5. Week 8: San Francisco 49ers at Chicago Bears
Like Jags-Jets, this game has the potential to feature a pair of first-round rookie quarterbacks. Unlike Jags-Jets, this game will feature two teams with legitimate playoff hopes. After bailing on Mitchell Trubisky, the Bears made the move of the draft in April, trading up to snag Ohio State standout quarterback Justin Fields with the No. 11 pick. While the Bears insist that Andy Dalton is the starter, there's a better than decent chance Fields gets his shot this season.
The 49ers will be in a similar spot. Kyle Shanahan has repeatedly said that Jimmy Garoppolo remains San Francisco's starter. But the 49ers didn't trade a haul of assets to draft Trey Lance at No. 3 to have him sit on the bench for long. The 49ers are built to win now, and it seems obvious that Lance is a big part of those plans. How each of these teams manages their fluid quarterback situations will go a long way in determining the NFC playoff picture.
4. Week 4: Tampa Bay Buccaneers at New England Patriots
Whether or not you bought into the premise, Tom Brady won the breakup with Bill Belichick last season in overwhelming fashion. Now comes the grudge match. That's how it'll be hyped, at least. While nobody but Brady and Belichick truly know how they feel about each other, this game promises to be the most talked-up of the season because of their relationship — even if it ends up being a lopsided matchup on the field.
Unless Brady finally falls off the cliff that analysts have predicted for the better part of a decade, these Bucs are locked and loaded for another competitive run in 2021. This year's roster looks a lot like last year's that won a Super Bowl. The Patriots, on the other hand, remain a big question mark. Will Cam Newton emerge new and improved in his second season in New England after his first was stunted by a COVID-19 infection? Will he even be the starting quarterback, or will rookie Mac Jones take the job? Will either bring enough to the field to improve on last year's 7-9 effort? Beating the Bucs could be a tall task.
3. Week 14: Baltimore Ravens at Cleveland Browns (Game 2)
Bitterness between these franchises dates back to the birth of the Ravens which came into existence when team owner Art Modell moved the former Browns out of Cleveland and into Baltimore in 1996. The Browns returned to Cleveland in the form of an expansion franchise in 1999. As Cleveland fielded perpetual losers, Browns fans watched the Ravens produce consistent contenders and a pair of Super Bowl champions.
For the first time since the old Browns bolted town, the new iteration is inspiring genuine hope of success on the heels of its first playoff appearance since 2002. In fact, the Browns so confident in what they've built around quarterback Baker Mayfield, they're reportedly not even entertaining joining the Aaron Rodgers sweepstakes — if there is one, that is. Their rise coincides with the continued ascent of Ravens quarterback Lamar Jackson alongside a typically stout Baltimore defense. Both teams have their eyes on the Lombardi Trophy this season. They have to get through each other first.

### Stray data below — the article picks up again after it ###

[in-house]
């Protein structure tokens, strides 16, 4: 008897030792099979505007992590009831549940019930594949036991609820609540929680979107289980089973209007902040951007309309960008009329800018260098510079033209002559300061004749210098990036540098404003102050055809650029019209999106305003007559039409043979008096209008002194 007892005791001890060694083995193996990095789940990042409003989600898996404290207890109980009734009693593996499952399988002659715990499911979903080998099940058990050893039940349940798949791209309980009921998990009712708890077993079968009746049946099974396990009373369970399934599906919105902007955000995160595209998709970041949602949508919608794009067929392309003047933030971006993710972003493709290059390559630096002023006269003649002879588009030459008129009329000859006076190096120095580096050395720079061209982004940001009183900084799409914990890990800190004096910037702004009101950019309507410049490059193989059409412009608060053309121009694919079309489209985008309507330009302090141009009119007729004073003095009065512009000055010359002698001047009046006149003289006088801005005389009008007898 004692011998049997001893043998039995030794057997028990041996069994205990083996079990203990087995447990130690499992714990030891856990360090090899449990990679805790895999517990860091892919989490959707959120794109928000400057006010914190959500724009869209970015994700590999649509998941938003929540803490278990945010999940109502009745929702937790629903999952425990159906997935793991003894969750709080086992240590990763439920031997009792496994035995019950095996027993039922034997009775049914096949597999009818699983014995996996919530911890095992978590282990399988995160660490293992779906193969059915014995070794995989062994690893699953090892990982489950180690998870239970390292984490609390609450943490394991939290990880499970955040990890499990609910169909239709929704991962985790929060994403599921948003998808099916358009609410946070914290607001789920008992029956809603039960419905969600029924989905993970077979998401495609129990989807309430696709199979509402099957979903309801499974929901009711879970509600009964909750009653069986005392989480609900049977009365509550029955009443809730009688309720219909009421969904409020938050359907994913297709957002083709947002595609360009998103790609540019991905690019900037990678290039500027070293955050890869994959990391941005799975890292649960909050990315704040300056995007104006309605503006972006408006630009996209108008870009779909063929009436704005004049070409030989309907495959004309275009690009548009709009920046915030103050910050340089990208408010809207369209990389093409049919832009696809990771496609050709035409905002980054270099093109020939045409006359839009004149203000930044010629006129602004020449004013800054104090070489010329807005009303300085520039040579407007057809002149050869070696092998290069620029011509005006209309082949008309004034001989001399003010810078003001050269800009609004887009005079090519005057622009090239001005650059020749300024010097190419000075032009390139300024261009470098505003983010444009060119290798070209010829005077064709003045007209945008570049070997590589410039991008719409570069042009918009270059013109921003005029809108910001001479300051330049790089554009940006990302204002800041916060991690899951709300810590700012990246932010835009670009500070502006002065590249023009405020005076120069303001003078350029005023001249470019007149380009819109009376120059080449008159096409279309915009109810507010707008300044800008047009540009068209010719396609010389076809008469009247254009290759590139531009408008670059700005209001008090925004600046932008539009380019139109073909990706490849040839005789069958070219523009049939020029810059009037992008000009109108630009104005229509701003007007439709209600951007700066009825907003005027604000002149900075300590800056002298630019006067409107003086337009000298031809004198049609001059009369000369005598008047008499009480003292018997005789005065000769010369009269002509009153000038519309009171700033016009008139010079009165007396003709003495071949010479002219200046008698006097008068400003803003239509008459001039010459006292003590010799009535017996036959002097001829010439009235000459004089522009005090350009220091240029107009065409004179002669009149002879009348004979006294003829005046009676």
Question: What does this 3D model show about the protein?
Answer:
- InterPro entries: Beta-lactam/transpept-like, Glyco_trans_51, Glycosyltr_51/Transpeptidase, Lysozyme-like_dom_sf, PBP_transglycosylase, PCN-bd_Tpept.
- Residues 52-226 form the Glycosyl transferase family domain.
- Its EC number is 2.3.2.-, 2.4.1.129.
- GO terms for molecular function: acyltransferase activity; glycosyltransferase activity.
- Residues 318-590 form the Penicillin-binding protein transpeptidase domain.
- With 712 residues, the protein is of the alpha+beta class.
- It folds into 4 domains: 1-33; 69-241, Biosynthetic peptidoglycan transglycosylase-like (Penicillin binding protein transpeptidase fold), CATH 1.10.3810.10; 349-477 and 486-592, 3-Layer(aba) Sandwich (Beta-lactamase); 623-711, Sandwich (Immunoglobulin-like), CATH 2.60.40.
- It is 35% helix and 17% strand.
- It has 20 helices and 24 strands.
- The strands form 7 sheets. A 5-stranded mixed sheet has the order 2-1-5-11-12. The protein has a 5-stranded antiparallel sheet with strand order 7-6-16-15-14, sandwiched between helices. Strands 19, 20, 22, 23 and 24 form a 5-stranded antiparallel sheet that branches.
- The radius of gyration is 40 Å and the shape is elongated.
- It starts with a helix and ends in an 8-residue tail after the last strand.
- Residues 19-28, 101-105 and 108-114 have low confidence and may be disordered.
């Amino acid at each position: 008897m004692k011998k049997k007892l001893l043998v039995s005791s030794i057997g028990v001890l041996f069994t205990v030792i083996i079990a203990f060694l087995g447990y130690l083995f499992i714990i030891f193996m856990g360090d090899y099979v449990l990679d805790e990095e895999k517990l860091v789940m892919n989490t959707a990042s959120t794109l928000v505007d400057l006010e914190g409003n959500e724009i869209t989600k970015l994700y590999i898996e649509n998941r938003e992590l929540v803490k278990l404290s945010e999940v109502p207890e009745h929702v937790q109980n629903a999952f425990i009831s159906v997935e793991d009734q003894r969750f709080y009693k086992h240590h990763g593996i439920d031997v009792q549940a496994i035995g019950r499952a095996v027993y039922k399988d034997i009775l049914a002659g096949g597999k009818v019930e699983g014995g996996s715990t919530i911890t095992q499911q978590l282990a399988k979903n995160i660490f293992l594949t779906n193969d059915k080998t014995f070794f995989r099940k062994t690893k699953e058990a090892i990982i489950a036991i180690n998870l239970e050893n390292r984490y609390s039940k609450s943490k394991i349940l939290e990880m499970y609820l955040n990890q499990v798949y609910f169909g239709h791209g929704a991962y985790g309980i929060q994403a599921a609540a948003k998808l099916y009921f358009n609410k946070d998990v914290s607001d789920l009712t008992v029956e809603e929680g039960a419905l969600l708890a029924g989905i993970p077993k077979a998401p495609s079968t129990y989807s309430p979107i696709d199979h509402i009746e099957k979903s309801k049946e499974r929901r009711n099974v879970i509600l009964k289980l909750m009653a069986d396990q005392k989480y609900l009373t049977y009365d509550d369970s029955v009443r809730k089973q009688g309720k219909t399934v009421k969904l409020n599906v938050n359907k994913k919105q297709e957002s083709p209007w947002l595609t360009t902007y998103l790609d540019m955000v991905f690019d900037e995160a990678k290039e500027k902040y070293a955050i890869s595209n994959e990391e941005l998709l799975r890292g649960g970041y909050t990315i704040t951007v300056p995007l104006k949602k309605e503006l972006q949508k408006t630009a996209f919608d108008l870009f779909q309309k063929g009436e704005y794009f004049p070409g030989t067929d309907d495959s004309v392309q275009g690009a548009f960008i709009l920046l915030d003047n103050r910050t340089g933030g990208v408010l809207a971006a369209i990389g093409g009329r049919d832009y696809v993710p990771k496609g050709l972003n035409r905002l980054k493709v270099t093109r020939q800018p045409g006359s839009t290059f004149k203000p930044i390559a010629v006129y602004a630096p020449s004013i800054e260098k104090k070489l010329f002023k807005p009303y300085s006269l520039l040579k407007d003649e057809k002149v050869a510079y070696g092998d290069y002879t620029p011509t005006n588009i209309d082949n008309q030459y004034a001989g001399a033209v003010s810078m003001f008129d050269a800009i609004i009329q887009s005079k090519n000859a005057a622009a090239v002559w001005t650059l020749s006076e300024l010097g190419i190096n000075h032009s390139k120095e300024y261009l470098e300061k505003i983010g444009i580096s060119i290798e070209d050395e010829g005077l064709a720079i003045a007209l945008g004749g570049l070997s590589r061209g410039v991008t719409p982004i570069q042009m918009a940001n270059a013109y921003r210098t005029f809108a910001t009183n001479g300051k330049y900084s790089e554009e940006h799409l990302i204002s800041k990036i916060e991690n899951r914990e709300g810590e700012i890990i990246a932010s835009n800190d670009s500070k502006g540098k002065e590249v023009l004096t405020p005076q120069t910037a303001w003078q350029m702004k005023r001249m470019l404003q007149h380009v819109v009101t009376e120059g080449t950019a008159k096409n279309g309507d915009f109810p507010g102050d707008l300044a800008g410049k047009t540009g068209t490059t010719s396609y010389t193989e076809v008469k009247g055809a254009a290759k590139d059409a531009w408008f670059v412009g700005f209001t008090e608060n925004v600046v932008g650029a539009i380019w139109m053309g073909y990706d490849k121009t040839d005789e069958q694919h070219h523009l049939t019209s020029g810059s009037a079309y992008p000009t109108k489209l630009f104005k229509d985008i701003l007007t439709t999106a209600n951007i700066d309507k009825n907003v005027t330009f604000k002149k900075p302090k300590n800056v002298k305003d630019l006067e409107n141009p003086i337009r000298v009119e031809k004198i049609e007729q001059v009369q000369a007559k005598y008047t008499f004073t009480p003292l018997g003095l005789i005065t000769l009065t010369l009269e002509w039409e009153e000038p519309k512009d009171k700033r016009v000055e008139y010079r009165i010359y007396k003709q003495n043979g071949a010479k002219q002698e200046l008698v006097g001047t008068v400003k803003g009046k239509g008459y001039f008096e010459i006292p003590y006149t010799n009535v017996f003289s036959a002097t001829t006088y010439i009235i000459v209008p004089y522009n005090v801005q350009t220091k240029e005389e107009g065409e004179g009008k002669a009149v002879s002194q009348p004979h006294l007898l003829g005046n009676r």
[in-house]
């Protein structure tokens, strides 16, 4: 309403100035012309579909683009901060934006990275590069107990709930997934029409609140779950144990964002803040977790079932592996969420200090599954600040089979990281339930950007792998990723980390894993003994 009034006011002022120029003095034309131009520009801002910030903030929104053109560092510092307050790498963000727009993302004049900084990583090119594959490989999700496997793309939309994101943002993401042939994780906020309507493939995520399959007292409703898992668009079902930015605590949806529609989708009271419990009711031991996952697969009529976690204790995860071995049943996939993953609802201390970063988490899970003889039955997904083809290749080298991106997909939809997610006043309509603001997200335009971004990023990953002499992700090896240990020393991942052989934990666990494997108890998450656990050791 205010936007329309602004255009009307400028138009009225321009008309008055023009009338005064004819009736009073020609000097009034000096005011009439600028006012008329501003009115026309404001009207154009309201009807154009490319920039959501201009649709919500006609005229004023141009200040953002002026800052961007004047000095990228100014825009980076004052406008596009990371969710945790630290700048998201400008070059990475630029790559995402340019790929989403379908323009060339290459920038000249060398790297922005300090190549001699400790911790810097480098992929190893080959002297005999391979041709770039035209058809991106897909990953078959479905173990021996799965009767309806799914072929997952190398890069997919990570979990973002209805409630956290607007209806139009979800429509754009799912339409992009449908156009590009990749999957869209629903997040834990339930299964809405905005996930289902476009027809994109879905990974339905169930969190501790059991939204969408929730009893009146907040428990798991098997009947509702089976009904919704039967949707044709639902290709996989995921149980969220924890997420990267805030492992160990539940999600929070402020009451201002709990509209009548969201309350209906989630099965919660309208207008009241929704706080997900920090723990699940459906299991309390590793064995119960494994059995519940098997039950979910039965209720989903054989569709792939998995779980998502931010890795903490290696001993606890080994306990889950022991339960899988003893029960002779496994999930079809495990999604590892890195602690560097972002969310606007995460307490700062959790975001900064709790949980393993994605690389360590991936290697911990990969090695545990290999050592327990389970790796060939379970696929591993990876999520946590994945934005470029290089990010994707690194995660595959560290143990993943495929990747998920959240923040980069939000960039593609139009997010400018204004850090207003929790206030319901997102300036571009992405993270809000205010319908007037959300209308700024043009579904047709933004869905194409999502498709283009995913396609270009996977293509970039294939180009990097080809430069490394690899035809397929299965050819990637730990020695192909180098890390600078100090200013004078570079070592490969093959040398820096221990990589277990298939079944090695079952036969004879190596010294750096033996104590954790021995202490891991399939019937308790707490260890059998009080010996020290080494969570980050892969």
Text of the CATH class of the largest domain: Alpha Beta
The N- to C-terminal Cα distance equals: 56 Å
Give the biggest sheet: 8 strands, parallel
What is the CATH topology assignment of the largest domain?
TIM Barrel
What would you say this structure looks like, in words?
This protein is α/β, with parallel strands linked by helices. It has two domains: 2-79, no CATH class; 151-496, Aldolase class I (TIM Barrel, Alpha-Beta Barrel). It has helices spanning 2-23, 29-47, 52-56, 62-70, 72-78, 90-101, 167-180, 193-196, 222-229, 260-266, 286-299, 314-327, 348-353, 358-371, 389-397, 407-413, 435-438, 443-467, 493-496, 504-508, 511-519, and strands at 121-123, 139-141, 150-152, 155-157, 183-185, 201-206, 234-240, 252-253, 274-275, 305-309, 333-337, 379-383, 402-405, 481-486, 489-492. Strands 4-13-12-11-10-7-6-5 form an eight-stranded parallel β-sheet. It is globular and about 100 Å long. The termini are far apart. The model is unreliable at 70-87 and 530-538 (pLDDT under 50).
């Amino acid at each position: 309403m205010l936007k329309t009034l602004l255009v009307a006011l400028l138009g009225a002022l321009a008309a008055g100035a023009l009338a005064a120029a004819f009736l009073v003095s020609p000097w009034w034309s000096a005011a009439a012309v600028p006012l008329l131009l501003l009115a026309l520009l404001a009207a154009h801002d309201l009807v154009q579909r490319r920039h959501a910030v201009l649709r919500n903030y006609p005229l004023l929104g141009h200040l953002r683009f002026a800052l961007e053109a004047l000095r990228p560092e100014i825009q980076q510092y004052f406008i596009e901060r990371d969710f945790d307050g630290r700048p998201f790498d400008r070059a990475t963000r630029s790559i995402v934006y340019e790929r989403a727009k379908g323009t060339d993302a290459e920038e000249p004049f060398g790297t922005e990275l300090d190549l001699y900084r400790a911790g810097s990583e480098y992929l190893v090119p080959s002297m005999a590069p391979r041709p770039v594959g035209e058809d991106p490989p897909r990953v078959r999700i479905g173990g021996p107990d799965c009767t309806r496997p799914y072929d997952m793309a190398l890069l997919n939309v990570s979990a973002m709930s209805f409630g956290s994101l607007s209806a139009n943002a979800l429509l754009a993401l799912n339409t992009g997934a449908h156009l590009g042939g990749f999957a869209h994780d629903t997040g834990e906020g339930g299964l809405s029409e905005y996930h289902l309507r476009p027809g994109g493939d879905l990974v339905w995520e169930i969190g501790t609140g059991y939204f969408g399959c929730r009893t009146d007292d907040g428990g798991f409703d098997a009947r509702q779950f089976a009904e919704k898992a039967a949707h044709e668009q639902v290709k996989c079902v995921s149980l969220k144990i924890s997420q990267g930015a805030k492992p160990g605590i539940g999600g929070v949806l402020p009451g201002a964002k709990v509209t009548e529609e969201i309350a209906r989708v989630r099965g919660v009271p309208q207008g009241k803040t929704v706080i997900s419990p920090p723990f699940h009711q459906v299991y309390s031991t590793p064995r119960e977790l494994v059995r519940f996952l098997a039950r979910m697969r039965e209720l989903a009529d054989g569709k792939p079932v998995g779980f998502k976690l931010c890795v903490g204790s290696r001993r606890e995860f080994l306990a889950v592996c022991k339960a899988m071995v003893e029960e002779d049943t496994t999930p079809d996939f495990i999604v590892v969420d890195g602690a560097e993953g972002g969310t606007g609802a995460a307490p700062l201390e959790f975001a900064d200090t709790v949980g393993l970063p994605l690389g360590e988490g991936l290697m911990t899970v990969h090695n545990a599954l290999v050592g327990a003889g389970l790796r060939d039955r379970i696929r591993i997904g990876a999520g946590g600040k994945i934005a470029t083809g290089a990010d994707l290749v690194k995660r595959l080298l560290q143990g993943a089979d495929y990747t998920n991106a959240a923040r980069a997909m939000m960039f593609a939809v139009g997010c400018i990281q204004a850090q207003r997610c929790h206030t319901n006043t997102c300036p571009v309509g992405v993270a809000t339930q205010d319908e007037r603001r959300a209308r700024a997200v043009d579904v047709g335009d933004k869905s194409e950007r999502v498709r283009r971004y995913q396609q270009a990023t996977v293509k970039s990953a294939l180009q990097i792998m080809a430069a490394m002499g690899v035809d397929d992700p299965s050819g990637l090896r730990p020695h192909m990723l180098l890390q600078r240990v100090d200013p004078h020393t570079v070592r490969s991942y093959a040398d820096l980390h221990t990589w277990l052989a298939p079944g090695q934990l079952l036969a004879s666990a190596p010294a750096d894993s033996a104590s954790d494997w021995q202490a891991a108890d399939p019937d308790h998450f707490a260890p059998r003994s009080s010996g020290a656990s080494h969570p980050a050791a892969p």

2. Week 1: Dallas Cowboys at Tampa Bay Buccaneers
Dak is back.
Cowboys quarterback Dak Prescott hasn't played since a gruesome ankle injury ended his 2020 season in Week 5. All signs point to him being well on schedule for training camp and Week 1, armed with a brand new eight-figure per season contract extension. He'll be tasked with earning it right away.
The Cowboys open their season against Tom Brady and the Bucs in a coronation of their Super Bowl win in front of a likely full crowd of frothing home fans who mostly missed out on the fun in 2020. Opening week matchups don't come much tougher than this. The Cowboys have long been lauded as being on the verge of a breakthrough. They've largely responded by falling flat. If they're finally going to live up to expectations, beating the Bucs in Tampa would be a good place to start.
1. Week 2: Kansas City Chiefs at Baltimore Ravens
The NFL schedule gods have blessed us yet again with a Chiefs-Ravens matchup. Since Lamar Jackson joined the league in 2018, his Ravens have looked up to find Mahomes and the Chiefs on the schedule each season. So far, advantage Chiefs.
In what was billed as a potential AFC championship preview last season, the Chiefs cruised to a 34-20 victory thanks to a 385-yard, four-touchdown effort from Mahomes. The Chiefs won a pair of close games in the other two matchups, including an overtime thriller in 2018. Kansas City and Baltimore enter the season again on the short list of Super Bowl favorites, thanks in large part to their young quarterbacks. The stakes promise to be as big as they get in the regular season. Will Jackson score his first win against the Chiefs, or will Mahomes improve to 4-0 against his MVP counterpart in a game that could count for home-field advantage in the AFC playoffs?